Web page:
One of the writers of Glee – I can’t remember which – has been quoted as saying this middle block of episodes in season three are all about fun.
And I definitely had fun this episode. Not just because The Spanish Teacher was funny, but also because it was one of those well-crafted episodes of Glee where so much happens while on screen not much seems to happen.
Let’s start with the fun stuff. Ricky Martin as the Spanish teacher was fun to watch, as was his interaction with Will and the glee club kids. The reactions when he walked into the room were stunning (I’ve missed you Sugar!) and his version of Sexy and I Know It had my head bopping.
Also funny were Sue’s pronouncement she wanted to have a child (but more on that later), the scene in the locker room (more on Emma later), and tons of other things. I spent much of this episode laughing, and it felt good.
But despite all the fun I had, there were lots of serious moments dotted in between the jollier stuff.
While it was initially funny to hear Sue announce she wanted a child, the whole plot soon became touching, as she revealed she knows how mean she is, that she vibrates with rage all the time, and that she would never want to subject a child to those behaviours. But it was Sue’s honesty, with Emma and with herself, that I think would make Sue a good mother. And it’s that honesty displayed in the scene between Sue and Becky – another excellent moment between the two to follow on from the one in Yes/No – that makes Becky say as much to Sue. Mean as Sue is, she has acted as a mother figure to Becky, and to an extent all the Cheerios she has taught.
Easier to see as a mother is Emma, but this week she acted as a mentor and as one of the voices of the programme’s voices of wisdom (along with Sue and Kurt). She shows that passion and determination can carry a person a long way, and that she has bucketloads of both, despite all the difficulties she faces with her OCD and her strange parents. Emma may seem like a timid mouse, but she’s actually more of a sage or a mentor, there to guide people on the path they need (with fun leaflets). It’s brilliantly shown in her words to Will (“I don’t need you to take care of me”) and her advice to Mercedes and Sam to stop talking and start listening.
Our final voice of wisdom was Kurt, who has been through more than his fair share of hardship in his life. Kurt, out of all the teenagers in Glee (and many of the adults as well) is, I think, the character who knows himself best. His confidence has grown hugely since the first series, and he’s in a good position to talk to Finn about the importance of living your life, believing in yourself and not being afraid. He’s lived it all, and is practising what he preaches.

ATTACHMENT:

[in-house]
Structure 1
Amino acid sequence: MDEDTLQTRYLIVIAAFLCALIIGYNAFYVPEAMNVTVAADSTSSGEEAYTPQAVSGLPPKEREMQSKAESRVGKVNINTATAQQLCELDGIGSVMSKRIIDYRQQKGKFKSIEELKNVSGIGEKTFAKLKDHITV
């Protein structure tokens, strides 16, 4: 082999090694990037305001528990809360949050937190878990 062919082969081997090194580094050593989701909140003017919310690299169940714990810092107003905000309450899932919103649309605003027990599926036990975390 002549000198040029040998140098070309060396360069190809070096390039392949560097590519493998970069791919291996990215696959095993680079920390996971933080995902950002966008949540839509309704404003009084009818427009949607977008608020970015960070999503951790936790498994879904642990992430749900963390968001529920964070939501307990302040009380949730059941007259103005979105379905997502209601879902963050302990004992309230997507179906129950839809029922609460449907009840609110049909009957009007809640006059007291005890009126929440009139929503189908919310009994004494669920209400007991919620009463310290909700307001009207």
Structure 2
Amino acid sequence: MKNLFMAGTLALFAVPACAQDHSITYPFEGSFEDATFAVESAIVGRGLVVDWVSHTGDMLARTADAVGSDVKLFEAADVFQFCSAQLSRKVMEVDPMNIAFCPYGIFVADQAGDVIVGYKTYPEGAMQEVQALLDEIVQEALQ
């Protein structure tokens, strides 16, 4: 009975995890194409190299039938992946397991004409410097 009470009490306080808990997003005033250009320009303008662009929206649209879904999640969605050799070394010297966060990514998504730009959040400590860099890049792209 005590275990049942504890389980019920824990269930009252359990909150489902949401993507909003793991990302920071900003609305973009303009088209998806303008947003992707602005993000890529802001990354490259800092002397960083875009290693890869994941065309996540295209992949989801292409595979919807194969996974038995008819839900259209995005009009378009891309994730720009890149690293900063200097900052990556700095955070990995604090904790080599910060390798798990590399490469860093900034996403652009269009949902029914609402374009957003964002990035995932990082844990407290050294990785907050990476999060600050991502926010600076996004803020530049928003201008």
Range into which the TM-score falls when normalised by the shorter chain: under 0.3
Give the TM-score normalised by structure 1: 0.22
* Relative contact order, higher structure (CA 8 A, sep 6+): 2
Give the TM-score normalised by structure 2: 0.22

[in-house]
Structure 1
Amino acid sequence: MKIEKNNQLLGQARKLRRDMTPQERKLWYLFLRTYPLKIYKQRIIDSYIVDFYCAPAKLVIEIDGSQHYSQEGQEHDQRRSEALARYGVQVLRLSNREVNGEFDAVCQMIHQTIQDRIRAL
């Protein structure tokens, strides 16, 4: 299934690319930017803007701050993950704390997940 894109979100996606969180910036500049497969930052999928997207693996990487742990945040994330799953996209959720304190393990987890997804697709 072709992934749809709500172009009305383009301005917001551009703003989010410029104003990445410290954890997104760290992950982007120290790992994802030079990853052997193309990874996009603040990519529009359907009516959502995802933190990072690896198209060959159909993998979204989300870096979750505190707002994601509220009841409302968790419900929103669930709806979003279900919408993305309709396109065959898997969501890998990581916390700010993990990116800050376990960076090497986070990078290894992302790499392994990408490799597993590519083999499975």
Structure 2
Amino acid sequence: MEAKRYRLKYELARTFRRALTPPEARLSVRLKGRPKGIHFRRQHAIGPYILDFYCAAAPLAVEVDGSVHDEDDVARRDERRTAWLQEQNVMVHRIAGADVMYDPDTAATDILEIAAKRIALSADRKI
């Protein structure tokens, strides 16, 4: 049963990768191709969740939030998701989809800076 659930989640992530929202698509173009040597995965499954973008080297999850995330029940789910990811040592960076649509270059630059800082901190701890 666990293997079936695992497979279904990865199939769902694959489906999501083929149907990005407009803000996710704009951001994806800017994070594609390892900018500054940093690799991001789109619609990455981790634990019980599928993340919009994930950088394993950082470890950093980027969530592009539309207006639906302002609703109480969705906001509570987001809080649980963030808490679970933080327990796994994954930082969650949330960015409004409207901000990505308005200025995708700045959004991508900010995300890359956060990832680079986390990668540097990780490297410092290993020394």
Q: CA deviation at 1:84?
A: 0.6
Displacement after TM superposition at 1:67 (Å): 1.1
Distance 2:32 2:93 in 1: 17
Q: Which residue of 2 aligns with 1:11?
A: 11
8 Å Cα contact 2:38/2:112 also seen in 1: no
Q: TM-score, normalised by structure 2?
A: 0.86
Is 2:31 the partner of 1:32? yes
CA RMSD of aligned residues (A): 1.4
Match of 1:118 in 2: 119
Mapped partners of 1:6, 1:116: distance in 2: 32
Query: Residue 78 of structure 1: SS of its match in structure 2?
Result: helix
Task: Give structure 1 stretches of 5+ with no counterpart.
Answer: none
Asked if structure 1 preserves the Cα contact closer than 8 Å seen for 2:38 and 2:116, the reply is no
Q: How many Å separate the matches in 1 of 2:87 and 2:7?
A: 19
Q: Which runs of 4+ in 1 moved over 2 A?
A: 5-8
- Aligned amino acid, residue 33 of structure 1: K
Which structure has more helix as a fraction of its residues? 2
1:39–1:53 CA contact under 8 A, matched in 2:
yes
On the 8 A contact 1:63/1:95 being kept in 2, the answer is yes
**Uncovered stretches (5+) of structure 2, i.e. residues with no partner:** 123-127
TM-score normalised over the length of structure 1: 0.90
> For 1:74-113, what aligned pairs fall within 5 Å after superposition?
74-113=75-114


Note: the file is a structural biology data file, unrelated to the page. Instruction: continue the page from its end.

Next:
Essentially, these three more serious moments were just that – moments. They weren’t grand proclamations, there were no signs hanging over them saying: “Major plot development here!” Glee showed a subtlety this week that’s missing from all of its worst episodes. Kurt, Emma and Sue’s words of wisdom and honesty weren’t delivered in a heavy-handed manner. Instead, they were quite moments among the larger chaos of Glee. It was chaos that really worked this week, and meant those quieter moments will stay with us for a long time.
Glee‘s playing the long game with its storylines. There’s no sudden blow-up over Rachel and Finn’s engagement, it’s a storyline that I’m actually coming to enjoy because of the slow development. Also notable this week was the Mercedes and Sam storyline, the slow burn of which just makes me anticipate what is going to happen there more. I hope Glee continues in this vein.
This might be controversial, but I felt the music wasn’t that great this week. That’s no bad thing, since Glee, while a programme about a glee club, is first and foremost a programme about people, and I would rather the music be a by-product of the storyline than have the storyline revolve around getting a certain song in.
That said, I did enjoy Sexy and I Know It, and I thought Mercedes sang Don’t Wanna Lose You beautifully. The boys doing Bamboleo and Hero was fun, although the constant need Glee has for mash-ups annoys me.
Ricky Martin’s teacher doing La Isla Bonita with Santana was hot, and Mr Schue’s A Little Less Conversation made me laugh in horror. Santana had a real point when she berated Mr Schue.
What Glee did well
The mix of laugh-out-loud moments and quieter conversations was really well done.
Valentine’s Day, and we get to meet Rachel’s dads.